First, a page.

Peter Dimitrov provided a detailed breakdown of his Animal Shrine created in UE4, Substance, Maya, and ZBrush.
My name is Peter Dimitrov. I am a student of Games Design at University of Central Lancashire in Preston, UK. That is where my first introduction to 3D started, almost 3 years ago. I am graduating with bachelors in a few months. Prior to that, I have quite a few years of experience working in freelance, painting and illustrating for games. I feel like my grasp of 2D is what sort of kick-started my 3D work and allowed me to get into it without too much struggle. I will talk about that relationship between the two mediums later on.
Figure 1. The Animal Shrine, main view.
The Animal Shrine is a Game Environment that I created for Artstation’s Feudal Japan Challenge. Most likely a lot of you are familiar with the competition. Participants were given a deadline of nearly 2 months to create a game level from scratch. Going into it, I knew that lots of amazingly creative people will take part and that the competition will be fierce. Also, this was the first project of such a big scale I created in 3D, so I stepped into it a bit insecure but knew that the only way to fail was if I weren’t to try.
The level was assembled in Unreal Engine. Modeling and sculpting are done respectively in Maya and ZBrush. For texturing, I created my materials in Substance Designer and then imported them to Painter. A small part of the foliage is created in SpeedTree and the mountains in World Machine. I will try to give more insight into the use of software later through the article.
Theme and Idea
The topic of the project came from Artstation itself. It is Feudal Japan: The Shogunate. Feudalism in the country was from as early as 1185 up until as late as 1868 (according to Wikipedia). I liked that, as the broad time period gave lots of freedom and lots of ideas to pick from.
Figure 2. Few books on the topic and lots of images from the Internet.
A few days prior to the start of the Challenge, I went to my Uni library and borrowed a few books on the topic. I wanted to see some images in them but also read a bit about Japanese architecture and why they created their buildings the way they did. Throughout the challenge, I would gather pictures on whatever I was making, put them on an A4 reference sheet, and keep that open at all time on my second monitor. I also did lots of stalking on Flickr, of people that visited places like Izumo Taisha – the Shinto Shrine that came to be the biggest influence on the visual style of my environment.
Figure 3. A quick GIF with a preview of some of the images I used through the process.
Main block-out and greyboxing
At the very start of the project, I started immediately with Unreal. I wanted to shape out the main place, see how it would look and feel. I didn’t want to spend any time modeling or sculpting anything, given that I didn’t know whether it was all going to look nice as shapes and silhouettes when assembled. I used the geometry brushes (BSP) that the engine provides. Instead of extruding any geometry by dragging, I used the measurements in the Brush Settings panel of each placed brush. That proved very useful in the sense that once the greybox was ready, I just took every measurement that was already set and used it in Maya. While making that first block-out in the Engine, I had placed a mannequin. That’s the dummy that comes with Unreal (you can extract it as a *.FBX from a blank 3rd person project). It gives me a sense of the scale of the place. That way, every prop created later, is using real-life measurements. That solves a lot of initial questions one might have when going into modeling and makes the whole process times easier and faster. It eliminates any guesswork which might prove troublesome.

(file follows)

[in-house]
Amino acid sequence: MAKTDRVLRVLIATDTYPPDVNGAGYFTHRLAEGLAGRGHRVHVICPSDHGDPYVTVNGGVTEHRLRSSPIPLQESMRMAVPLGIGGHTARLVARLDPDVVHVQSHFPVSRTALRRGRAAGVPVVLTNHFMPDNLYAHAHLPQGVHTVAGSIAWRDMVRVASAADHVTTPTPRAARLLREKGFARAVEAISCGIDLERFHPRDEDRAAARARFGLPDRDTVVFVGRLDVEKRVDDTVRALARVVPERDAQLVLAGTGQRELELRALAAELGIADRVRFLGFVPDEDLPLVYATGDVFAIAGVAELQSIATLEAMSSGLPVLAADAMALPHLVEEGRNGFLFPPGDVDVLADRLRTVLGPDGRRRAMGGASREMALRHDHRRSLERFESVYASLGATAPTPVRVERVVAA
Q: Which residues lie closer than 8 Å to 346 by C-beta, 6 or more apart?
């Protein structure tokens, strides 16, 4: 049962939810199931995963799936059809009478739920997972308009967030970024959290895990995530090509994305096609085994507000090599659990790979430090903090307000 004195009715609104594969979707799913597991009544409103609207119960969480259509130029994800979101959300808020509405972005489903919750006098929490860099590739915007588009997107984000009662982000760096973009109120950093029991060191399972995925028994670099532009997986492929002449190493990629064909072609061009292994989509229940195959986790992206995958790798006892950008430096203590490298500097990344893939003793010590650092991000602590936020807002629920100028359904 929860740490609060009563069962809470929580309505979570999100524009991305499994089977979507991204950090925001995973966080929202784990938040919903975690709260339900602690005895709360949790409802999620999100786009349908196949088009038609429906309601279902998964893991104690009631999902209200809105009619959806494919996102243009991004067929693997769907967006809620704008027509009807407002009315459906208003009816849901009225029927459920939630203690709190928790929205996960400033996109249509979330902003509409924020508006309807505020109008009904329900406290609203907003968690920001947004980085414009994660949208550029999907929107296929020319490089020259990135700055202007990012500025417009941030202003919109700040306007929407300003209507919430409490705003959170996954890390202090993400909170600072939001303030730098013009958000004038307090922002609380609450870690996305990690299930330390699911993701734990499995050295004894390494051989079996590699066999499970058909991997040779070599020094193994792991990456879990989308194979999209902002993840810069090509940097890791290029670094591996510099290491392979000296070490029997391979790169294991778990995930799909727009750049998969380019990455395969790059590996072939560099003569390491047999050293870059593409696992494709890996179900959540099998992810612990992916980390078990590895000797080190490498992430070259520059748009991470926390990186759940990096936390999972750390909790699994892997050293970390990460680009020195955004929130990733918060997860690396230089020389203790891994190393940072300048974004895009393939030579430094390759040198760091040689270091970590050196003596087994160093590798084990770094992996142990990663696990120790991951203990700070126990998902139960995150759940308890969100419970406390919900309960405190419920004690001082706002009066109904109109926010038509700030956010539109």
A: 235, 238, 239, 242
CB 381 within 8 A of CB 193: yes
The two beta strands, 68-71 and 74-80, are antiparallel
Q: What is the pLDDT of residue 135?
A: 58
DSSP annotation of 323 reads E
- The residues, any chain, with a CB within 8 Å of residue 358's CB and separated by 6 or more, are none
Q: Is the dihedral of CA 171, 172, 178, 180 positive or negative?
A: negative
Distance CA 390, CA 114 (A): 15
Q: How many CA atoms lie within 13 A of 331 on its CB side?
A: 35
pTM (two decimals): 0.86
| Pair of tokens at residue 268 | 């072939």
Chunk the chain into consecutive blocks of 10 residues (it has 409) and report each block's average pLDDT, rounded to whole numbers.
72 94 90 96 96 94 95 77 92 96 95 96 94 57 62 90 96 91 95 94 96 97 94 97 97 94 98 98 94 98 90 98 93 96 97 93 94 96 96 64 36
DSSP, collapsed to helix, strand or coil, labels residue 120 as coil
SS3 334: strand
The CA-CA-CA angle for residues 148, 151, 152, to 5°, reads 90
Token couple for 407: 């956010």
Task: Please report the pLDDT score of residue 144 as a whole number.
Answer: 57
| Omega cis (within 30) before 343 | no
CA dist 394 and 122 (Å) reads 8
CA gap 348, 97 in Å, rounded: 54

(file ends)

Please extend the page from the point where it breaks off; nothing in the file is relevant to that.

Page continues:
Figure 4. First look of the project with a GIF.
When I felt comfortable with the look of the place, I started to slowly replace each BSP with props made in Maya. I deployed a modular approach, in the sense that I break up every building to small, repeatable walls, wooden foundations, and scaffoldings, and then I repeat the same props over and over again, building up the whole place.
Figure 5. Replacing BSPs with props.
Here you can see my initial sketch of the place before starting the project. Also, some notes:
Figure 6. Notes and views of buildings.
In the drawing to the left, you can see my initial idea. From the start, I had the concept of making a few buildings and showcasing the interior of them. I wanted something interesting, so I decided to go with a Geisha house and the workshop of a master calligrapher. The idea of scattering different scrolls and working materials of a calligrapher seemed very alluring to me. I really wanted to have a go at making paper posters with beautiful calligraphy. It’s an idea that I got after seeing a few old photos in some of the books I borrowed.
I quickly realized that if I were to make the exterior of everything, and then had to tackle multiple different interiors as well, I wouldn’t be able to make it in time. Not in 2 months at least. As such, I scrapped the concept of a Geisha house and left just the Calligraphers. I had some thoughts about making a garden too but quickly dropped that as well. After all, I knew I will have a go at making a shrine as well.